I often handle Social Security disability claims of those age 55 and over. Some of these clients contact me at the beginning of the process, to help with their application for disability benefits. I encourage this practice, since it can avoid a long wait for benefits and increase the chances of an award of benefits by avoiding some common mistakes in the disability process.
Focus on the Requirements of Past Relevant Work
If a disability claimant is age 55 or over, and you can establish a physical RFC for less than medium exertional work, then the whole case revolves around the step 4 determination of whether or not this claimant can perform his or her past relevant work. If you can get past step 4 to to step 5, the claimant will grid "disabled" under Medical Vocational Guidelines 201.06 or 202.06 (assuming no transferable skills that would allow a significant range of skilled work within the claimant's RFC, and no recent education that provides direct entry into skilled work).
When I first review one of these claim files (assuming it is a case that I did not assist the claimant with the initial application), I get the details about past relevant work from the adult disability report and the work history report. I spend a significant amount of time evaluating these reports and comparing the job requirements against the claimant's current abilities. A claimant must be unable to perform both the past work as actually performed and as generally performed in the national economy.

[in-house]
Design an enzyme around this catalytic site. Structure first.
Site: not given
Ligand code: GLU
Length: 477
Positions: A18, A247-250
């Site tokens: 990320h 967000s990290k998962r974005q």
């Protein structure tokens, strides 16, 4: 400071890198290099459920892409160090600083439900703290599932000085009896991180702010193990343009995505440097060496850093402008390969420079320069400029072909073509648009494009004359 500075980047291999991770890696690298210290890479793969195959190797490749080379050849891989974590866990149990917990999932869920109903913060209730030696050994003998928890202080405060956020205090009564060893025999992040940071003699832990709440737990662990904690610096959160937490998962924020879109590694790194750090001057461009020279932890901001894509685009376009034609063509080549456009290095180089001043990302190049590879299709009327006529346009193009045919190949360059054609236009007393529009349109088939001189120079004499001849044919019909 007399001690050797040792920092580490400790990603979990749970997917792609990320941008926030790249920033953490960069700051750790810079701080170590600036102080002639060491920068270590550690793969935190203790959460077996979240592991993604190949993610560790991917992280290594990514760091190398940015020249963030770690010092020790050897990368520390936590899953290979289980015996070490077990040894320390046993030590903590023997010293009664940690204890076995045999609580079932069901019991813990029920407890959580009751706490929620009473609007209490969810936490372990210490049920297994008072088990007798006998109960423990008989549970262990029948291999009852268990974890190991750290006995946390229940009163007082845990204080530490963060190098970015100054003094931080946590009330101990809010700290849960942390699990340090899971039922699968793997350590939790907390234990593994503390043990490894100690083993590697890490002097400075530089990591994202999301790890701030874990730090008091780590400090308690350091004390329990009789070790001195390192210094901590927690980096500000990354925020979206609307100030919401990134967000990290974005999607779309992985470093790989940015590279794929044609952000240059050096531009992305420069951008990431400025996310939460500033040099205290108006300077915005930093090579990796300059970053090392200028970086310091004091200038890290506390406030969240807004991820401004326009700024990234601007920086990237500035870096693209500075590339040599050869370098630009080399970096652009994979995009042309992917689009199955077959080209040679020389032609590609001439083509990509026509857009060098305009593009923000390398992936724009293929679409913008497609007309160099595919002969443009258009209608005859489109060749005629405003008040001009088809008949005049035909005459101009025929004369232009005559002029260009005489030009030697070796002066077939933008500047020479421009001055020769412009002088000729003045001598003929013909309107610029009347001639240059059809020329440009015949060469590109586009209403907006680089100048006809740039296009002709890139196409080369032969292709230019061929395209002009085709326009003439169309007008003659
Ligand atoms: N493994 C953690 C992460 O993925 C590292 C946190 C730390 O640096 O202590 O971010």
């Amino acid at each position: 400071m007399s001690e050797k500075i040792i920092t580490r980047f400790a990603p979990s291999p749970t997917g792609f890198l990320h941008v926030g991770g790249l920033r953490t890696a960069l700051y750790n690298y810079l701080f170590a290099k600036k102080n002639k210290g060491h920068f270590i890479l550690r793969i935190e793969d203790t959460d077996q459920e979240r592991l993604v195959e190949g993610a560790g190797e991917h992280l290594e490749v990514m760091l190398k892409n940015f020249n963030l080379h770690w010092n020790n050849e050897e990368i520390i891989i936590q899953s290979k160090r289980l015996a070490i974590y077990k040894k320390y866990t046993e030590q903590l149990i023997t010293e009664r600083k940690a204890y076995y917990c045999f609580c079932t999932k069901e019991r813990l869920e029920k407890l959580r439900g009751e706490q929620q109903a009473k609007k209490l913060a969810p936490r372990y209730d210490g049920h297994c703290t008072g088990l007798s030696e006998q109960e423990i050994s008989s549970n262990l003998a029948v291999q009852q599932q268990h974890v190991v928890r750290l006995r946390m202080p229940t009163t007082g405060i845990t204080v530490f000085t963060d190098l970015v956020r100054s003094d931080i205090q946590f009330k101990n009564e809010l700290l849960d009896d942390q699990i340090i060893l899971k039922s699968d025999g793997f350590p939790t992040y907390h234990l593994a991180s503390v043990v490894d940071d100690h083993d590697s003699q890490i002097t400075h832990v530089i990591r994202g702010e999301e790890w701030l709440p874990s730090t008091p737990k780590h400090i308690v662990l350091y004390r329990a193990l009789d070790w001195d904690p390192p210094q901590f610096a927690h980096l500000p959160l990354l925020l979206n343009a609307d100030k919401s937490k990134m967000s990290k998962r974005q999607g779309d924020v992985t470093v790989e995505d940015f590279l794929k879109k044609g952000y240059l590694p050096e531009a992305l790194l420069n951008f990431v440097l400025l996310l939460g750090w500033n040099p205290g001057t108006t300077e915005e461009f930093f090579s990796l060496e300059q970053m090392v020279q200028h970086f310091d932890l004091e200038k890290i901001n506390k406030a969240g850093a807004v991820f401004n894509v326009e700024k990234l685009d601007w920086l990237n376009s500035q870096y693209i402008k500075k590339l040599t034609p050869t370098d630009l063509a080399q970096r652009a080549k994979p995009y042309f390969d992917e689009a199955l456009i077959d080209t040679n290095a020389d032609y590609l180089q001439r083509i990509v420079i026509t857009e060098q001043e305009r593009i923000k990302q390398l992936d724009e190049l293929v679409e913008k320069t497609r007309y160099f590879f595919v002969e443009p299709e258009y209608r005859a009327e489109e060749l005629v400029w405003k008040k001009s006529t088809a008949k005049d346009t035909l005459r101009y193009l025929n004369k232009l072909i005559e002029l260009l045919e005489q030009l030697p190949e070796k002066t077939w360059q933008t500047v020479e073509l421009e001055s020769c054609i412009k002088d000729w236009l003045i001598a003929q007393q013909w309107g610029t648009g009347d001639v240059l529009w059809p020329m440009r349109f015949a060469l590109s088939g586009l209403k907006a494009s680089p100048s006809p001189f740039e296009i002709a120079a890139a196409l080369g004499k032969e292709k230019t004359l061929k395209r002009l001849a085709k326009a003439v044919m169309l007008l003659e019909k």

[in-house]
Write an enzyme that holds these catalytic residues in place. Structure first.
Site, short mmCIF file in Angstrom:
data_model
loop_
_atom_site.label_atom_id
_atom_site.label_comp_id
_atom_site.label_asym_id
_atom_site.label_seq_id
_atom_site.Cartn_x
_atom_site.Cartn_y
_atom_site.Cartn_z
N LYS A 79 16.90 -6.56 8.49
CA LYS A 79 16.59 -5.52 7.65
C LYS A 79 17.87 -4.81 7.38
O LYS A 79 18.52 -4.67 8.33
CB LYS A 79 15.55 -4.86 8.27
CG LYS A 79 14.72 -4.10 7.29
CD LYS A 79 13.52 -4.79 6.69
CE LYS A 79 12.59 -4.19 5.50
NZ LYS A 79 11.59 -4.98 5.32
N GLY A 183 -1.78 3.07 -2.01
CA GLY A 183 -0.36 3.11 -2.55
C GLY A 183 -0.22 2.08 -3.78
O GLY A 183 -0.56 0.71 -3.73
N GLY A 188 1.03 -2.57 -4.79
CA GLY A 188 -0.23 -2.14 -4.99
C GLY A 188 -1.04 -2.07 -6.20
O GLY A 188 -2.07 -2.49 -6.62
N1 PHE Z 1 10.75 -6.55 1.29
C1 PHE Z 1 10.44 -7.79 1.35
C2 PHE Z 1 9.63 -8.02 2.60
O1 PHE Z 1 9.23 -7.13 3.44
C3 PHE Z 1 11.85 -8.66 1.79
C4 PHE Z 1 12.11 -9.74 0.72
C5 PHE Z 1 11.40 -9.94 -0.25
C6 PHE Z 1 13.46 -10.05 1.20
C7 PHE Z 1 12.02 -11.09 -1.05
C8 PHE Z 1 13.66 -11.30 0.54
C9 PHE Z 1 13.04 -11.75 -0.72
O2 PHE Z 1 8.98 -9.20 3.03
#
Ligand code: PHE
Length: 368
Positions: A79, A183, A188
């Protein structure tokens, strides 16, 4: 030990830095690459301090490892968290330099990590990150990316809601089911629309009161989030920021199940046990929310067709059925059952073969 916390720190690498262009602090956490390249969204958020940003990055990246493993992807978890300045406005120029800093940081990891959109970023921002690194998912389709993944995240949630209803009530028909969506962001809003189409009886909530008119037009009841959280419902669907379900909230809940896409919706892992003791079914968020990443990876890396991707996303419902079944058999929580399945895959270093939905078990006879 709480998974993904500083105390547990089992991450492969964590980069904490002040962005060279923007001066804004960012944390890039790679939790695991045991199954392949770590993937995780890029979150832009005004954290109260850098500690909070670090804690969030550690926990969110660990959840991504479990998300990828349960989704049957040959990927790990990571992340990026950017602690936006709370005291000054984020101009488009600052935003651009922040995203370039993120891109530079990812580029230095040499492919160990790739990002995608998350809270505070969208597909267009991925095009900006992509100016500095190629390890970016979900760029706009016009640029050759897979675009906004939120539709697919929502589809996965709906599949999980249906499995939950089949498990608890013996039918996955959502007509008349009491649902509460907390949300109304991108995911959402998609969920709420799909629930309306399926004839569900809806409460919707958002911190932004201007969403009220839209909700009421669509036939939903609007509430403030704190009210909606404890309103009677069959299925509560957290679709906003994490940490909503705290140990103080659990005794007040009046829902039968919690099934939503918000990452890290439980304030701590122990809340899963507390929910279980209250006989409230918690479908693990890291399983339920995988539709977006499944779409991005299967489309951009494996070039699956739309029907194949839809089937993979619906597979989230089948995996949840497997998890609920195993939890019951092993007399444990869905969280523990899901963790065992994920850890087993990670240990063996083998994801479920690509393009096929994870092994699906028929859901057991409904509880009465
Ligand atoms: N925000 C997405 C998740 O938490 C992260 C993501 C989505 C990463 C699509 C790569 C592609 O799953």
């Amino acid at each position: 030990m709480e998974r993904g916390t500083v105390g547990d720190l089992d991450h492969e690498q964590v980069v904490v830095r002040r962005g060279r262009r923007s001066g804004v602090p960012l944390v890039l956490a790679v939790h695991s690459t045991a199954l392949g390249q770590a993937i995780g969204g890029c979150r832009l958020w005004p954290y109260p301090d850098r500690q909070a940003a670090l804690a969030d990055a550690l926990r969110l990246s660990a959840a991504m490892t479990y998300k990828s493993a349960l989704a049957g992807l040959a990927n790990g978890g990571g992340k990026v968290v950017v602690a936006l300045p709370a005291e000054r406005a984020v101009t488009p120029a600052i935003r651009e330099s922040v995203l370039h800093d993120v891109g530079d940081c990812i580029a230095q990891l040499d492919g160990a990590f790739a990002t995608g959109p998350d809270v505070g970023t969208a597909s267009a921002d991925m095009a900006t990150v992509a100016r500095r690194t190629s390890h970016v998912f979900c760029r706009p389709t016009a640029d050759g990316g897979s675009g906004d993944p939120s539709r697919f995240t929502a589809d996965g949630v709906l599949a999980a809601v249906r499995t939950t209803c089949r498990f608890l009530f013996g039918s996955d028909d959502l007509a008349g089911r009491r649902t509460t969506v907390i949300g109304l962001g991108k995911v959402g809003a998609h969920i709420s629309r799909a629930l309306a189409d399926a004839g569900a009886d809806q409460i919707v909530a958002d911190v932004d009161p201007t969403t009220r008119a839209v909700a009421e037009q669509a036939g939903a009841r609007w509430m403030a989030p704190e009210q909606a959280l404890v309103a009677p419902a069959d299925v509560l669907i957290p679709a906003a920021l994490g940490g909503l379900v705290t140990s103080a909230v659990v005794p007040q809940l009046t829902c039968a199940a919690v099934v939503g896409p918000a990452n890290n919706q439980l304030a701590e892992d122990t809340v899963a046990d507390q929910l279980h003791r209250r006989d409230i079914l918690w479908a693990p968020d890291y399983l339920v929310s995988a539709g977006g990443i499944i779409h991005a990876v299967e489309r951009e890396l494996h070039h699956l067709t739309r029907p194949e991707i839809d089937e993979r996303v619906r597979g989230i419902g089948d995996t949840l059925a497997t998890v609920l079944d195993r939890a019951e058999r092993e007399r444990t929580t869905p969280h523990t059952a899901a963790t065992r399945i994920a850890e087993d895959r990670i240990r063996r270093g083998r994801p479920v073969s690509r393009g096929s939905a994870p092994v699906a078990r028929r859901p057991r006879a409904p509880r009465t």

What can be frustrating about these claims is that the lawyer knows that he will win the claim at step 5 of the sequential evaluation if he can only get past step 4. But getting past step 4 is not always easy, because Social Security's regulations treat claimants with different vocational backgrounds differently.
Find a limitation that rules out past work
Remember, Social Security must consider your combination of impairments. No limitation is too small to rule out past relevant work. Often, even the DDS RFC assessment will assess a functional limitation that precludes past relevant work.
You can "mix and match" these impairments in steps 4 and 5. Perhaps a functional limitation from a mental impairment, such as an inablility to work with the general public, rules out one past job. A limitation to only "occasional" reaching might rule out another. And then a less than medium physical RFC will win the claim at step 5 for a claimant age 55 or over (in the absence of transferable skills that would allow a significant range of skilled work within the claimant's RFC, or education that provides direct entry into skilled work).
Getting past step 4 of the sequential evaluation is always important, unless a listing is met. But for claimants of advanced age, or closely approaching advanced age, the step 4 finding will usually determine the success of the claim.